DeVice Wins the Hack4Colorado Pot for App that Helps Feed ‘Vices’

What do you get when you put 100 Denver-area hackers together for about 48 hours and give them access to loads of data about hiking trails, where city dwellers can plant urban farms—and where you can buy marijuana legally?

You get 18 apps that can help rescuers find injured hikers, connect urban farmers to buyers, and help out-of-towners find cannabis and feed their vices while staying on the right side of the law.

Those were the ideas that came out of Hack4Colorado, a “civic hackathon” hosted in Denver by Galvanize. Teams designed apps through the weekend before an award ceremony Sunday.

The event was part of the National Day of Civic Hacking. About 90 events were scheduled as part of the event, which is in its inaugural year. The turnout for Hack4Colorado made it one of the largest events, Hack4Colorado organizer Ann Spoor said.

Eighteen teams developed apps that take public data provided by federal agencies like the U.S. Census Bureau or local governments and turn it into something useful for citizens. Teams competed in five tracks: tourism, health, sustainability, education, and government. The winners took home $2,000 each.

The audience voted DeVice Colorado best in show. The team put together an app that will help users find places near them where they can feed their vices. The app can be customized to the tastes of individual users, and features a broad number of “vices,” which includes traditional vices like alcohol but also activities like hiking.

The app still has some kinks to work out, but it uses geolocation to find the user, and it knows where to find craft breweries and distilleries, coffee shops, trails, and late-night restaurants. But what probably set DeVice Colorado apart was its ability to direct users to the nearest marijuana dispensaries.

Legalized marijuana is a big issue in Colorado. There already are hundreds of medical marijuana dispensaries in the state, and in November, Colorado voters approved the retail sale of marijuana.

Supporters say retail sales could lead to the development of a legal-pot tourist industry. If they’re right, something like DeVice Colorado’s app could become a widely used tool.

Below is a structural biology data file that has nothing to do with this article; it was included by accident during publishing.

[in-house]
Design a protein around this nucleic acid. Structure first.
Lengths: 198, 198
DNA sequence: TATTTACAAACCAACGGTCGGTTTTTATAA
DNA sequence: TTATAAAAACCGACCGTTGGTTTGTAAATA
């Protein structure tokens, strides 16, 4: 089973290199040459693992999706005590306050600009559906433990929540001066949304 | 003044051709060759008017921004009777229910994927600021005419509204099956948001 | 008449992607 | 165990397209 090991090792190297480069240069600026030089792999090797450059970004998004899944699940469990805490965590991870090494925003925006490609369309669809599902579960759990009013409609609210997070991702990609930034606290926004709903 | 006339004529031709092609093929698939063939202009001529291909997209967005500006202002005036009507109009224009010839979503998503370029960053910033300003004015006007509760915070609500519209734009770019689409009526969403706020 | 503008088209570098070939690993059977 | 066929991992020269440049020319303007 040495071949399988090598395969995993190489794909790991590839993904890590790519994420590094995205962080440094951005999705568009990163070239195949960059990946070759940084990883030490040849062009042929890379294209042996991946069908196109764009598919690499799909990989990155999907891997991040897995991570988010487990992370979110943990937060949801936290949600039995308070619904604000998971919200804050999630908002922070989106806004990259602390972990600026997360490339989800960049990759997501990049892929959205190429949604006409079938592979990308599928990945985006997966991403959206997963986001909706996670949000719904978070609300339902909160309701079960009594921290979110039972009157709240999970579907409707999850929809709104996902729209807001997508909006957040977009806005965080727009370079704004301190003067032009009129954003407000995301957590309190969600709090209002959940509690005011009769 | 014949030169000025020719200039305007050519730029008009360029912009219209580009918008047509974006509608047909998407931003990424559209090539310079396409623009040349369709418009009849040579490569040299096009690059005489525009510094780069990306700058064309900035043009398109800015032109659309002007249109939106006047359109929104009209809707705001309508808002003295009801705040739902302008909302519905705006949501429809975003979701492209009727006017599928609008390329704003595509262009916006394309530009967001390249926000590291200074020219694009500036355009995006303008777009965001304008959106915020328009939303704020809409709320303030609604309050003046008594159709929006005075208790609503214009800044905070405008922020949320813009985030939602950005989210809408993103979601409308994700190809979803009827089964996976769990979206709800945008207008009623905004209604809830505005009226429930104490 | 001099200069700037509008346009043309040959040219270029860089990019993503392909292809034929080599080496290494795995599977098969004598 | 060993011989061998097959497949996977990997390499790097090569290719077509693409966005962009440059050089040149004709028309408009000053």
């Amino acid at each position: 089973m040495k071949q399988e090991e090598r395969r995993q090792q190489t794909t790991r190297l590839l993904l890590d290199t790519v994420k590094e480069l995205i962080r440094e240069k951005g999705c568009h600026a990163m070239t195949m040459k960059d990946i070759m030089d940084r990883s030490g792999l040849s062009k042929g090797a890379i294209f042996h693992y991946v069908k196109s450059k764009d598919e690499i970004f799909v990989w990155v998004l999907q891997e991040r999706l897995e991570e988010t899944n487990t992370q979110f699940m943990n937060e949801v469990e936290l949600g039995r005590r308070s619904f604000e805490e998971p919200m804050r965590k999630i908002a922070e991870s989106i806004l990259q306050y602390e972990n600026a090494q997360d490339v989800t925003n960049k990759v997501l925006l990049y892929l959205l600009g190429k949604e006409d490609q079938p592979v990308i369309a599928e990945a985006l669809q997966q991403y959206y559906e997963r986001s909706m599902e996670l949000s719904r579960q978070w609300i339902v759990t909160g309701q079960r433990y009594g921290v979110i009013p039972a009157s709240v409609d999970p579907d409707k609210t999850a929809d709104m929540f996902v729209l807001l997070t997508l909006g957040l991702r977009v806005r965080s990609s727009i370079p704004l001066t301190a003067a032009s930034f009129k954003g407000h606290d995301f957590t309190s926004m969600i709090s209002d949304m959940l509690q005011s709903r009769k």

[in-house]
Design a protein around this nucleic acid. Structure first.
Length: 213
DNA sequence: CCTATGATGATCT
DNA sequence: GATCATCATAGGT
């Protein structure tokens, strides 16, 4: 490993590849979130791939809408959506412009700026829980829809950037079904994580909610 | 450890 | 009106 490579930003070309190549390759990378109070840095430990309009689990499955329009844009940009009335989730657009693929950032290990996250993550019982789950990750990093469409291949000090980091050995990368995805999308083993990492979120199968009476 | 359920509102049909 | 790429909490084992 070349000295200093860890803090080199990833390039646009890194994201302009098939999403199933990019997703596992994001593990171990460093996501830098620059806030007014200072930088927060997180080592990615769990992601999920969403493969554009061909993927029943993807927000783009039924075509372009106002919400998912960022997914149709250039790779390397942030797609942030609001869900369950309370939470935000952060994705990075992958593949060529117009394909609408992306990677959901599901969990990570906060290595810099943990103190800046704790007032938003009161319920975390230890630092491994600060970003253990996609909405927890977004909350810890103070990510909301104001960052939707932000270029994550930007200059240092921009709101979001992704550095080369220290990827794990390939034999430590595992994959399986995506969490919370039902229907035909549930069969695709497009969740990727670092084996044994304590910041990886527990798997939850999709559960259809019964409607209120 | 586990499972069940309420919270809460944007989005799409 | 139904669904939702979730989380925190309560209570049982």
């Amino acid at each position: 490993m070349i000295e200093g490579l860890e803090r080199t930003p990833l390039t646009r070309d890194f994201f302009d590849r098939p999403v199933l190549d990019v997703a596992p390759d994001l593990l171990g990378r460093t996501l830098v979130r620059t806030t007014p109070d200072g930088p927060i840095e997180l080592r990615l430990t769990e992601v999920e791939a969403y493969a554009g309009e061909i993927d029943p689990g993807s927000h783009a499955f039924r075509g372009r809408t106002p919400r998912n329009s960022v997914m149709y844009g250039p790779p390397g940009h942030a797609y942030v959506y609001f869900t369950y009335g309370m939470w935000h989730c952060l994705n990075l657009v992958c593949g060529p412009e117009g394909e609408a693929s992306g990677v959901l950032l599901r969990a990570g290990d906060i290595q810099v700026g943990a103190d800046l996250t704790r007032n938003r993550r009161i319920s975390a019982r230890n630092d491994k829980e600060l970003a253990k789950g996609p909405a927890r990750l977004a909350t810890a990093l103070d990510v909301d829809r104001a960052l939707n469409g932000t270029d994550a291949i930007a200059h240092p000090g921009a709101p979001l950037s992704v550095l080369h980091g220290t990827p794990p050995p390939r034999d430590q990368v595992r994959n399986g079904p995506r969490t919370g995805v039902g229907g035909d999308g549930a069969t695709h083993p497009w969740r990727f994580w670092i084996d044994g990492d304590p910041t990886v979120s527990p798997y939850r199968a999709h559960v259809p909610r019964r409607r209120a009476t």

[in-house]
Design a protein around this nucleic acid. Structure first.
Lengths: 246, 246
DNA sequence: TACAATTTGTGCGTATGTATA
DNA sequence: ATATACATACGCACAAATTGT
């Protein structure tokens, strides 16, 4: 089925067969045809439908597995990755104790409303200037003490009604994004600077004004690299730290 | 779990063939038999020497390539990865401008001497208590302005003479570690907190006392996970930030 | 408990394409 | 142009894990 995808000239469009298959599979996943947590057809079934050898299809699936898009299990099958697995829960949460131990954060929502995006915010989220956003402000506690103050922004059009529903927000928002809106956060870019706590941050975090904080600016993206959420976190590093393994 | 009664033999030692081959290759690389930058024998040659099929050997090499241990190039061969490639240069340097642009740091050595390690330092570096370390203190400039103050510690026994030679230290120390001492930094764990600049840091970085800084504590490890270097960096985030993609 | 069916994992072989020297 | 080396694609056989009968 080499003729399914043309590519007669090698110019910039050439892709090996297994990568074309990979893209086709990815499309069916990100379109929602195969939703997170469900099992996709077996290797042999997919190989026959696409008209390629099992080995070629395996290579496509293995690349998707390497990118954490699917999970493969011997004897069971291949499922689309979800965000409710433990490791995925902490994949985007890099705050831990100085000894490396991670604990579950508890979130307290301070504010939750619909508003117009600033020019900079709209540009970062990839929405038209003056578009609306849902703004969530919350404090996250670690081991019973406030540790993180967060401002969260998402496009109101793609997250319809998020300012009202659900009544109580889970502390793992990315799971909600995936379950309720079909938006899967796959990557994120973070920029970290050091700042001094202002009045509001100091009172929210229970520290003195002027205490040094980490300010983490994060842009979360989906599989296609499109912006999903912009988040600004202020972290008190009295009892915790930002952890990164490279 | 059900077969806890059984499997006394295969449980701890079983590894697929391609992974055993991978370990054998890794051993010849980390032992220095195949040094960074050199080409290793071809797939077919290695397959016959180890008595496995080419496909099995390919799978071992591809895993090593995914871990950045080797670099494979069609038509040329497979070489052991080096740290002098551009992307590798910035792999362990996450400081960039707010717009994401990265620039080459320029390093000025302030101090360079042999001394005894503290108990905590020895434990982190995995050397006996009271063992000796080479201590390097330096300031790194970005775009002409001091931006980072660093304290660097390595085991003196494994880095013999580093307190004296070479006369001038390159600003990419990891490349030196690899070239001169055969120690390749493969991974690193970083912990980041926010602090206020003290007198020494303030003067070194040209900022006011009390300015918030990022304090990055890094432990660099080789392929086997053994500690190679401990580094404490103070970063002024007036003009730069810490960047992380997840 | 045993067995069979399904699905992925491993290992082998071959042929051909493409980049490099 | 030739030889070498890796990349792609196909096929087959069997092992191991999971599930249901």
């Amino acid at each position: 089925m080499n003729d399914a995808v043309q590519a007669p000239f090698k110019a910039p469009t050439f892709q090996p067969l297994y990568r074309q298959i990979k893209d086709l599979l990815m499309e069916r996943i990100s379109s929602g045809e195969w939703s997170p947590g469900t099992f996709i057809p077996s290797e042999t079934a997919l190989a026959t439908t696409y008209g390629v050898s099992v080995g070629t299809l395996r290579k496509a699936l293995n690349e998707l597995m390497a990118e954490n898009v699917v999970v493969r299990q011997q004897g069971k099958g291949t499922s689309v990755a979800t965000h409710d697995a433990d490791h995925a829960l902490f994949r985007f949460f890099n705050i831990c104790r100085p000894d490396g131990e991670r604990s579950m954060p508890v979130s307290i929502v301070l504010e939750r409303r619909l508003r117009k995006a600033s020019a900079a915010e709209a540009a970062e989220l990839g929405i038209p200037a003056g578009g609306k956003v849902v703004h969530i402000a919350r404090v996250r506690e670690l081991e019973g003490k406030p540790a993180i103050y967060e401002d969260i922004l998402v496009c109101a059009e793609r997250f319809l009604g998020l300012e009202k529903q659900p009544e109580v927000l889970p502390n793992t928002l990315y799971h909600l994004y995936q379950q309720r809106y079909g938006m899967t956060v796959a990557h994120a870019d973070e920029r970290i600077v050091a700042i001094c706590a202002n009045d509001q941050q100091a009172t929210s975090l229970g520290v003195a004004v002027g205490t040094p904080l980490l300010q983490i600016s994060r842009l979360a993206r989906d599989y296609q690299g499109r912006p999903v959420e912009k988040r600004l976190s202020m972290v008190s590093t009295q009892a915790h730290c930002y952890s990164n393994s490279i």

DeVice Colorado’s website also includes links to information explaining the legality of marijuana in Colorado and which communities have opted to keep sales illegal. Other helpful features let users summon a cab and pulls data from police reports so they know how safe an area they’re in.

DeVice also won the $2,000 prize for best tourism app.

Along with handing out prizes, the hackathon helped promote the idea of civic hacking, said Jason Lally, one of Hack4Colorado’s organizers.

The key concept of civic hacking is that entrepreneurs, coders, and designers can use their expertise to build tools that help connect citizens with each other and government officials, Lally said. The government’s contribution often is releasing some of the voluminous economic and demographic data it collects. Civic hackers can use that to build apps or even companies.

The idea resonated with the Hack4Colorado crowd.

“I saw a lot of heads nodding as people were presenting. I think a lot of teams got the idea of using public data sets and about trying to build something from them,” Lally said.

Companies trying to capitalize on big data have been around for a while, but getting that data from publicly available government sources is new and potentially fertile ground for businesses.

“I think we’re in the middle of its emergence. It’s really, really new,” Lally said. “There are definitely precedents, but we’re defining an industry.”

Prominent local startups like ReadyTalk, SendGrid, and iTriage sponsored Hack4Colorado and sent employees to help teams during the hackathon and judge the event. Many also provided cash prizes to the teams that best used their public APIs.

Getting government officials on board was another matter, largely because of the impression that hackers always have bad intentions. Some communities seemed to understand the benefit a hackathon could provide faster than others.

“I think people here really got that. In other cities, they didn’t get that at all,” Spoor said. With Colorado officials, “we had to explain it, but it wasn’t a difficult conversation.”

The idea seems to be here to stay. While this is the first hackathon under the Hack4Colorado banner, it’s not the first civic hackfest in Colorado. That honor belongs to the one organized last year by Colorado Code for Communities.

That event drew about 30 people, Lally said.

After about 48 hours of work, organizers were a bit burned out. When they’ve recovered, they’ll make some decisions about the future of the event, but it doesn’t look like civic hackathons are going away in Colorado. The city of Denver and the state government are planning hackathons of their own, Spoor said.

“We’re hoping this event is the launching pad and will create momentum for future events, like the city and state’s hackathons,” Spoor said.

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